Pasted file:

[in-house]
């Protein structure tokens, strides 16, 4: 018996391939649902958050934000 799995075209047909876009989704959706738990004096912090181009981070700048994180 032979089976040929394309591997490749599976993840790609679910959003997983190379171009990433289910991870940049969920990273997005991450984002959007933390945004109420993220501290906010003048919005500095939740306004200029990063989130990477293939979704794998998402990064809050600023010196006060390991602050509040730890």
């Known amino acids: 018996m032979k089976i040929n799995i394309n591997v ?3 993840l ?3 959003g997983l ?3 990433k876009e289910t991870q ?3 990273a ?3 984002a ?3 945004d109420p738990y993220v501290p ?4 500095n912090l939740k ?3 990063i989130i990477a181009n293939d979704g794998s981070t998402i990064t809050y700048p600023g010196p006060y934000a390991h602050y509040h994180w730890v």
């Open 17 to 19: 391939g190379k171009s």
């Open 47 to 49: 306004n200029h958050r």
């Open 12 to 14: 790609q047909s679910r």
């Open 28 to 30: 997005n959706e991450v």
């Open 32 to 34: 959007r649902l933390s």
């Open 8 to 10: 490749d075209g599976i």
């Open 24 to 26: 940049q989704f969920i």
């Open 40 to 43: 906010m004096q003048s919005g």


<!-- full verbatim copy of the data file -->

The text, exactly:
[in-house]
């Protein structure tokens, strides 16, 4: 018996391939649902958050934000 799995075209047909876009989704959706738990004096912090181009981070700048994180 032979089976040929394309591997490749599976993840790609679910959003997983190379171009990433289910991870940049969920990273997005991450984002959007933390945004109420993220501290906010003048919005500095939740306004200029990063989130990477293939979704794998998402990064809050600023010196006060390991602050509040730890």
């Known amino acids: 018996m032979k089976i040929n799995i394309n591997v ?3 993840l ?3 959003g997983l ?3 990433k876009e289910t991870q ?3 990273a ?3 984002a ?3 945004d109420p738990y993220v501290p ?4 500095n912090l939740k ?3 990063i989130i990477a181009n293939d979704g794998s981070t998402i990064t809050y700048p600023g010196p006060y934000a390991h602050y509040h994180w730890v």
């Open 17 to 19: 391939g190379k171009s």
């Open 47 to 49: 306004n200029h958050r």
């Open 12 to 14: 790609q047909s679910r």
């Open 28 to 30: 997005n959706e991450v």
């Open 32 to 34: 959007r649902l933390s």
């Open 8 to 10: 490749d075209g599976i």
């Open 24 to 26: 940049q989704f969920i």
């Open 40 to 43: 906010m004096q003048s919005g």